I’d like to say I learned from this, but I didn’t. If anything, my addiction and need for approval has only gotten worse. The other night I grew incredibly anxious as I thought about the perception of my new profile picture. Seriously. Even, I’m rolling my eyes. If you knew me in person, this would shock you, but it ate away at me like a coyote feasting on a dead carcass. I found no peace, and this is often the deliberation that goes into posting for me. Is it good enough? Did I use the right filter? Should I have edited more? What about the caption? Too long? Too Short? Hashtag, or no? Will people think I’m pretty? Do I look fat? The flood of thoughts are incredible, as I’m sure you have witnessed. If not, look to your right. They have.

People still think I live this happy-go-lucky life, full of love, a wonderful family and incredible friends – all of which are true. Life is a gift, and has absolutely been wonderful throughout the ups and downs. But the delicately polished “ups” are all most people see. Plastic smiles frozen in time. Only my best face, skinniest model, biggest accomplishments, etc. are the things that get posted for you to see. It is a fraction of who I am, yes, but that is all. There is very little concrete truth for you to find in my profile, as I’m sure I would find in yours.

Behind my laughter – which I do full-heartedly – is a pill bottle for bi-polar I must take each day or else I feel a surge of chaotic behavior usurp me like a heavy cloak clinging to my back.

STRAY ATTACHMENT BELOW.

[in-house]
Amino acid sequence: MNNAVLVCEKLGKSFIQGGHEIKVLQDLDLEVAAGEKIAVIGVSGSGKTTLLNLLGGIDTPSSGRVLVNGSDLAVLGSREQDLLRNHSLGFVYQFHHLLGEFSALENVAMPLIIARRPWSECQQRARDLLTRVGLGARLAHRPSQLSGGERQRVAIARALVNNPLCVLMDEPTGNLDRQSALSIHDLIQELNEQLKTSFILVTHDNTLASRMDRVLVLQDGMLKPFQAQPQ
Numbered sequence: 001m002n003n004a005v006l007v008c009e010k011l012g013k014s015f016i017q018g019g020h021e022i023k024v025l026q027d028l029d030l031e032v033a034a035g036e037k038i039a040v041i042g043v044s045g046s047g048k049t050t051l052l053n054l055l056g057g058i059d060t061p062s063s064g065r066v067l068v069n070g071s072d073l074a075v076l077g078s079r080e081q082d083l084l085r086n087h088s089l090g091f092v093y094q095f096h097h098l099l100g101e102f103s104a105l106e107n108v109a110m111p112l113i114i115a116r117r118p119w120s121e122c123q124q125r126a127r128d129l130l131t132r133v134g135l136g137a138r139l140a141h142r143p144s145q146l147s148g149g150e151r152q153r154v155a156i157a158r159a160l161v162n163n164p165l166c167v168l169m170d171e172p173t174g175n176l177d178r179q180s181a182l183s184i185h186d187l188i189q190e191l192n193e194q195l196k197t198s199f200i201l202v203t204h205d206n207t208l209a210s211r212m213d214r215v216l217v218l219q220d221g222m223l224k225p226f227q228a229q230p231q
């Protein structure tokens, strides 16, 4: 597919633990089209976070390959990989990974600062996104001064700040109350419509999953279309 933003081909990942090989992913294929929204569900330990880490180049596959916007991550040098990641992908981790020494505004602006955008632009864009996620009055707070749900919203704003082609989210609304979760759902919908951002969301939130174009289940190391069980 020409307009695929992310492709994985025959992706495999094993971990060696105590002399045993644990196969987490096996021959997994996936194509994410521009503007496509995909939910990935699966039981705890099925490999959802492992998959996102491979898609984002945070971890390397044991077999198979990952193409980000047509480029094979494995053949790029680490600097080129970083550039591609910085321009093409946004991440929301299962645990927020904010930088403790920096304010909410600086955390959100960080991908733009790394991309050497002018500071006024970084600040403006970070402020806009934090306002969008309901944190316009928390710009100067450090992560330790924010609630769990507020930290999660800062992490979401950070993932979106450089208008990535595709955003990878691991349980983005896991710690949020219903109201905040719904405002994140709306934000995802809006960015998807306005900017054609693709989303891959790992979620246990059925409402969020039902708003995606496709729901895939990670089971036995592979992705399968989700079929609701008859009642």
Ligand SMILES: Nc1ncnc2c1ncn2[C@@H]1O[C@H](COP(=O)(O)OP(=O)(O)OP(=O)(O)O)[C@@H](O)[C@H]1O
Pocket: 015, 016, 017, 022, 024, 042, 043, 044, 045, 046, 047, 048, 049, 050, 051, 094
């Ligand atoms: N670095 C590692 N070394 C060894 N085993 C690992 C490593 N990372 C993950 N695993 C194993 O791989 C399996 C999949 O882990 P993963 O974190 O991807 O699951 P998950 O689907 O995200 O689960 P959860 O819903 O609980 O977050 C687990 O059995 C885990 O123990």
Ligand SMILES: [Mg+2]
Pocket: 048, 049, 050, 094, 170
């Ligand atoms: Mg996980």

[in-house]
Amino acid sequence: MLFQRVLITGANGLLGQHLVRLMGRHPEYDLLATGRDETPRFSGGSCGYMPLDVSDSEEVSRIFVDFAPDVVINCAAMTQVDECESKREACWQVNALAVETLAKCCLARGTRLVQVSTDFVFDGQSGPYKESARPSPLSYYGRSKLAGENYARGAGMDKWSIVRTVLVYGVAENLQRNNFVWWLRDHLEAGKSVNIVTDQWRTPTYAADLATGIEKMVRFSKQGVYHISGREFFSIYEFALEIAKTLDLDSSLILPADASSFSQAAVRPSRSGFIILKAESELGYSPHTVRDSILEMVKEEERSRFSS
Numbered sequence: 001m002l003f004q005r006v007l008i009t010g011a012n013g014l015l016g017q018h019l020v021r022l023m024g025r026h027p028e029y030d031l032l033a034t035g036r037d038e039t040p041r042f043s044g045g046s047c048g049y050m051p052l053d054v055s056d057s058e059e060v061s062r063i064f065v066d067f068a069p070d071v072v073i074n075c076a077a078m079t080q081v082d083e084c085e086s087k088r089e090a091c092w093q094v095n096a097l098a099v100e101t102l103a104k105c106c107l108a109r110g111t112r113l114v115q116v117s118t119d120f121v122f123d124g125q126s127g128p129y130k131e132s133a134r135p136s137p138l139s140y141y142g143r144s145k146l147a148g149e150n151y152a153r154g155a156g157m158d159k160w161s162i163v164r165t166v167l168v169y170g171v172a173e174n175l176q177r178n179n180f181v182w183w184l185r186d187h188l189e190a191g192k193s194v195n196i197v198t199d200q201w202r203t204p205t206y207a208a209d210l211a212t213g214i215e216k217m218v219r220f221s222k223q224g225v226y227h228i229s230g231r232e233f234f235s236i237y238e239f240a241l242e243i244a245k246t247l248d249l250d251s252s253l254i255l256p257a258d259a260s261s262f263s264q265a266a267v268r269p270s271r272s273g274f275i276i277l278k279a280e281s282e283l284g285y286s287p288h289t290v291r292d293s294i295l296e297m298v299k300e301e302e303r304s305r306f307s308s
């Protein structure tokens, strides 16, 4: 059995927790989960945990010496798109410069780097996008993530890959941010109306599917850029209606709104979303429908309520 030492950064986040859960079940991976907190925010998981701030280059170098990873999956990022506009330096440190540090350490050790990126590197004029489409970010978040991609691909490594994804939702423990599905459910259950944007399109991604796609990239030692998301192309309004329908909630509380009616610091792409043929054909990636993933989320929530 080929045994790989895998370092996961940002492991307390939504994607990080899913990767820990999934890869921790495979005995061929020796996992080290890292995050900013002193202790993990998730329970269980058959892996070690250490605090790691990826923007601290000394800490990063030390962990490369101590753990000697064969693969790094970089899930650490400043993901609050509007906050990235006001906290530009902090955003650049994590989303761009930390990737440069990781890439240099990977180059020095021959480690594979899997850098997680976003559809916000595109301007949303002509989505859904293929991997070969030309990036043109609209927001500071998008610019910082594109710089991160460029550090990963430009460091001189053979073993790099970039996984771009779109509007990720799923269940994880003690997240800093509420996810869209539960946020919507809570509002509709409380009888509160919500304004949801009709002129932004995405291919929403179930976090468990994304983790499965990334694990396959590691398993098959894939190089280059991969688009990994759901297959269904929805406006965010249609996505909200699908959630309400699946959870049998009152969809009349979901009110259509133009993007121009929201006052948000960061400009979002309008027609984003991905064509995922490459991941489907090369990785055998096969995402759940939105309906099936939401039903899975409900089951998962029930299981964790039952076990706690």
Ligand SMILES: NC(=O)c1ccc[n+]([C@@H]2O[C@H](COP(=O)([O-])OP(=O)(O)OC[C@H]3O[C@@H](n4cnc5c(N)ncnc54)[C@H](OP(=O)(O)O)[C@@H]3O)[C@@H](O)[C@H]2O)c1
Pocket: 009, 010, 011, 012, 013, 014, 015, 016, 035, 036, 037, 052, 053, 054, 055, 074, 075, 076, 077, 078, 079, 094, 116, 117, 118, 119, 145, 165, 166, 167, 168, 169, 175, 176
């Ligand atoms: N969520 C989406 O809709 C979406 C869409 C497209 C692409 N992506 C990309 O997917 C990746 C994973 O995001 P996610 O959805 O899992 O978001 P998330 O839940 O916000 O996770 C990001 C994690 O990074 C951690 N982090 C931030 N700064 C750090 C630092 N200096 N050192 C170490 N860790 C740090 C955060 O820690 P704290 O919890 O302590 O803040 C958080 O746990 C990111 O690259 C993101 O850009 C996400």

Behind each accomplishment – the last of which was my second half-marathon – is a woman who struggles each morning to simply get out of bed because of severe chronic and situational depression.

Behind each perfectly filtered Instagram square is a woman who wrestles constantly with outward appearance because she never feels good enough after being 40 pounds. heavier three years ago.

She is a woman who has sat in her car and screamed at the invisible entity in the sky whom she trusts completely, but has nevertheless felt isolated from many times.

She is the woman who can’t bring herself to go inside after the trip back to her apartment because all her energy has been lost in the flood of tears that stain her Irish-freckled face.

She has been heartbroken, lost, confused, terrified…

… and happy, joyful, excited and hopeful.

We are not one dimensional. We are a mixture of all humanity, which is pretty freakin’ sweet when you think about it.

And, of course, I do not write any of this to say do not post, or everything is fake, you are fake. For I love with a giant heart, I feel happiness as great as my depression, I laugh so hard I sometimes snort. I relish the beauty of life, the ups and downs, and welcome both with open arms for I have seen the power in strengths and weaknesses of the human body and character. Rather I write this to share myself and to reveal the truth behind each screen’ the truth that tauntingly lingers so close beneath the surface of social media.

I also write to implore my generation to release the grip this debilitating sensation has on us. Walk outside, without sharing it. Be with friends, without sharing it. Cry, love, laugh, scream. Simply be. It is really all we have, and if we continue to surrender to this hold I fear for our future, and our children’s.

We are not solely our secret selves, we are not our Facebook models. We know this, but we must start living it actively.

Unplug. And love, starting with yourself. Thought Catalog Logo Mark

featured image – Ella Ceron